US6497974B2 (en) * 2001-05-23 2002-12-24 Avista Laboratories, Inc. Fuel cell power system, method of distributing power, and method of operating a fuel cell power system
US6507128B2 (en) 2001-05-23 2003-01-14 General Electric Company Low-energy storage fast-start uninterruptible power supply system and method
US6603215B2 (en) 2001-05-24 2003-08-05 Ford Global Technologies, Llc Hybrid electric vehicle control strategy while traveling in reverse
US6478705B1 (en) 2001-07-19 2002-11-12 General Motors Corporation Hybrid electric powertrain including a two-mode electrically variable transmission
US6645105B2 (en) 2001-08-31 2003-11-11 Honda Giken Kogyo Kabushiki Kaisha Power transmission apparatus for a hybrid vehicle and a method for controlling the apparatus
US6930404B1 (en) * 2001-10-12 2005-08-16 Ford Global Technologies, Llc Power supply for an automotive vehicle
US6533692B1 (en) 2001-10-19 2003-03-18 New Venture Gear, Inc. Drivetrain with hybrid transfer case
US6679799B2 (en) 2001-11-02 2004-01-20 New Venture Gear, Inc. On-demand two-speed transfer case for four-wheel drive hybrid vehicle
US6650091B1 (en) * 2002-05-13 2003-11-18 Luxon Energy Devices Corporation High current pulse generator
US6915220B2 (en) 2003-04-01 2005-07-05 General Electric Company Integrated, self-powered battery monitoring device and system
DE10317093A1 (en) 2003-04-14 2004-11-11 Robert Bosch Gmbh Electrical start/stop circuit for road vehicle internal combustion engine incorporates starter/generator with circuit applying momentary increased voltage to excitation windings of generator
WO2004102768A1 (en) 2003-05-12 2004-11-25 Robert Bosch Gmbh Device for supplying power in a motor vehicle
US20040251880A1 (en) * 2003-06-10 2004-12-16 O'brien Robert Neville Battery charging method using supercapacitors at two stages
US7352084B2 (en) * 2004-08-11 2008-04-01 Sensormatic Electronics Corporation Deactivator using inductive charging
US7109686B2 (en) * 2004-11-15 2006-09-19 Ise Corporation System and method for precharging and discharging a high power ultracapacitor pack
US20060133007A1 (en) * 2004-12-07 2006-06-22 Lih-Ren Shiue Power supply apparatus and power supply method
US20060127704A1 (en) * 2004-12-10 2006-06-15 Stephen Raiser Hybrid fuel cell system with battery capacitor energy storage system
US20060164034A1 (en) * 2004-12-24 2006-07-27 Tomoyuki Hanyu Hybrid vehicle equipped with a variable voltage battery

Non-Patent Citations (1)

* Cited by examiner, † Cited by third party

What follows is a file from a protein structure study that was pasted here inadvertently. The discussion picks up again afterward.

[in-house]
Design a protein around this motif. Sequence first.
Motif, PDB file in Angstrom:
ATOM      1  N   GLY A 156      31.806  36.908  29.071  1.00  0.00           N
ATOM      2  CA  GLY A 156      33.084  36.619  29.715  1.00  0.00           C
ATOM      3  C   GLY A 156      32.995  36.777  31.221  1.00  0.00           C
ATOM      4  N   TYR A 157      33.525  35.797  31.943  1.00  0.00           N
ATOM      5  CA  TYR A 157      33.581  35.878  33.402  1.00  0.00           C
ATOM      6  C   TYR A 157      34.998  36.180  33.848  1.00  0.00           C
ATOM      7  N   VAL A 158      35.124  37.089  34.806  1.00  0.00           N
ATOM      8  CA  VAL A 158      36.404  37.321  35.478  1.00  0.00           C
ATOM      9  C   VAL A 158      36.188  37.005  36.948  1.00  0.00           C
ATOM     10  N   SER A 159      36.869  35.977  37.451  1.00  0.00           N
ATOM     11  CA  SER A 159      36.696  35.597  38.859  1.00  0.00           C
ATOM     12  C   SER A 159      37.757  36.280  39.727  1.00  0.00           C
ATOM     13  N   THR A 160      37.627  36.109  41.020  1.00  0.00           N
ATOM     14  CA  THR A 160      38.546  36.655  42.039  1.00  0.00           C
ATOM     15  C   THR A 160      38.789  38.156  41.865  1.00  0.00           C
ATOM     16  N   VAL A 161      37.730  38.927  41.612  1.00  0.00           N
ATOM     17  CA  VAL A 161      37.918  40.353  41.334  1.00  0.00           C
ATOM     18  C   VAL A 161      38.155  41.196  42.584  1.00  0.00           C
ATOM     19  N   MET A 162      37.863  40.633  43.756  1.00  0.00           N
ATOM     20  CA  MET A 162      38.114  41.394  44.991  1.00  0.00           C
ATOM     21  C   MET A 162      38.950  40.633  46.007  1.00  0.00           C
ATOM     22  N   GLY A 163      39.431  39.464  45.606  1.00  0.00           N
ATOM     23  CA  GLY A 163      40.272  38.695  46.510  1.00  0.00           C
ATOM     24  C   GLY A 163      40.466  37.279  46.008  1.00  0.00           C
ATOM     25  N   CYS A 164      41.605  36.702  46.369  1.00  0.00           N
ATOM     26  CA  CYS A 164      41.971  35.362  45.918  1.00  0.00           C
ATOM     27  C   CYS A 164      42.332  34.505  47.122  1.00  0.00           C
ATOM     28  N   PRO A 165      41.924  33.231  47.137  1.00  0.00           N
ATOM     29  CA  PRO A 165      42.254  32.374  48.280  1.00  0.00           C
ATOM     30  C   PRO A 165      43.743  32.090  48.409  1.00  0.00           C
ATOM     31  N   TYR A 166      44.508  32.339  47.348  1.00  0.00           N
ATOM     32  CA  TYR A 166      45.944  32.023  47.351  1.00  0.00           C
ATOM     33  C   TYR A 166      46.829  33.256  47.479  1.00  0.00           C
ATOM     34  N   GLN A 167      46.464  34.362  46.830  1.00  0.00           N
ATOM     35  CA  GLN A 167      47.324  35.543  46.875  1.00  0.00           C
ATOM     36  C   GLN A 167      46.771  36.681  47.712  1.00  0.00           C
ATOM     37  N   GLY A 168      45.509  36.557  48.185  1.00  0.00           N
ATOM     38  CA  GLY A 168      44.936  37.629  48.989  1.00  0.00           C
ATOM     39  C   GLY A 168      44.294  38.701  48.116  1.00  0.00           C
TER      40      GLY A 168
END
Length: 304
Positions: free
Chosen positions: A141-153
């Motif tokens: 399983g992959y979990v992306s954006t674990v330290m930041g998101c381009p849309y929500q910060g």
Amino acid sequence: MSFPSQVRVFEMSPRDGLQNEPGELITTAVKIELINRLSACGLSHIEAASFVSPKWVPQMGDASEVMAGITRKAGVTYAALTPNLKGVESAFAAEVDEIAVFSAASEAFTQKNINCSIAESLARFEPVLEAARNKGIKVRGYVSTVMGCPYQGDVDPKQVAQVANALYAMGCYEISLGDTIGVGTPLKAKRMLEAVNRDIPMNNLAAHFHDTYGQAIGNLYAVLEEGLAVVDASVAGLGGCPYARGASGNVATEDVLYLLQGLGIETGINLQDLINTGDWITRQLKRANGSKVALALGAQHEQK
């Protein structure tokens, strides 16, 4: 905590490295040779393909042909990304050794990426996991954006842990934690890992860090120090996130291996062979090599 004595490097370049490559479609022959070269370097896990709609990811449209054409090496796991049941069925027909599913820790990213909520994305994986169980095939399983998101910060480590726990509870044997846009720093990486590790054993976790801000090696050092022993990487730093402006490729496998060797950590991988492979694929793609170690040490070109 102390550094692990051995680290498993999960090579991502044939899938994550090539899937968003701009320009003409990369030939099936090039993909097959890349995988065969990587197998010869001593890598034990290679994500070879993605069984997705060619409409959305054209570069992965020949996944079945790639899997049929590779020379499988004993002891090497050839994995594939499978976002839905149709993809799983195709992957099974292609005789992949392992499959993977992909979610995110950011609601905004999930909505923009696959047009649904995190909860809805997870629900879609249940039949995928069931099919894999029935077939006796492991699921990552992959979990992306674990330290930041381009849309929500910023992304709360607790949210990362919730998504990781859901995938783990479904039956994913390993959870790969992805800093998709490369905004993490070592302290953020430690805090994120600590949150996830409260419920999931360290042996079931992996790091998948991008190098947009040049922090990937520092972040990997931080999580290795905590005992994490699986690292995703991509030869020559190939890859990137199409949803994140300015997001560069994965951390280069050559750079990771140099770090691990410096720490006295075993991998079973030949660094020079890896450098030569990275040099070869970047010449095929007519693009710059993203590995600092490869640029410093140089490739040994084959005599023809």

Title
PCT/US2006/048133 dated Jul. 31, 2007.

Cited By (49)

* Cited by examiner, † Cited by third party
Publication number Priority date Publication date Assignee Title
US8049363B2 (en) * 2005-08-16 2011-11-01 Trw Limited Motor drive circuit
US20090218967A1 (en) * 2005-08-16 2009-09-03 Mclean Andrew Motor Drive Circuit
US20090015201A1 (en) * 2006-02-23 2009-01-15 Toyota Jidosha Kabushiki Kaisha Hybrid Vehicle and Control Method Therefor
US7884574B2 (en) * 2006-02-23 2011-02-08 Toyota Jidosha Kabushiki Kaisha Hybrid vehicle and control method therefor
US8169104B2 (en) 2007-06-27 2012-05-01 International Truck Intellectual Property Company, Llc Control system for a battery powered vehicle
US20100181827A1 (en) * 2007-06-27 2010-07-22 International Truck Intellectual Property Company Control system for a battery powered vehicle
US20090107443A1 (en) * 2007-10-30 2009-04-30 Gm Global Technology Operations, Inc. Voltage Sag Prevention Apparatus and Method
US7631627B2 (en) * 2007-10-30 2009-12-15 Gm Global Technology Operations, Inc. Voltage sag prevention apparatus and method
US8294415B2 (en) * 2007-11-29 2012-10-23 Toyota Jidosha Kabushiki Kaisha Charging system and method for operating the same
US20100225274A1 (en) * 2007-11-29 2010-09-09 Toyota Jidosha Kabushiki Kaisha Charging system and method for operating the same
US8278879B2 (en) * 2008-05-19 2012-10-02 General Electric Company System and method for providing hybrid energy on a marine vessel
US20090284228A1 (en) * 2008-05-19 2009-11-19 Ajith Kuttannair Kumar System and method for providing hybrid energy on a marine vessel
US8570047B1 (en) 2009-02-12 2013-10-29 The United States Of America As Represented By The Administrator Of The National Aeronautics And Space Administration Battery fault detection with saturating transformers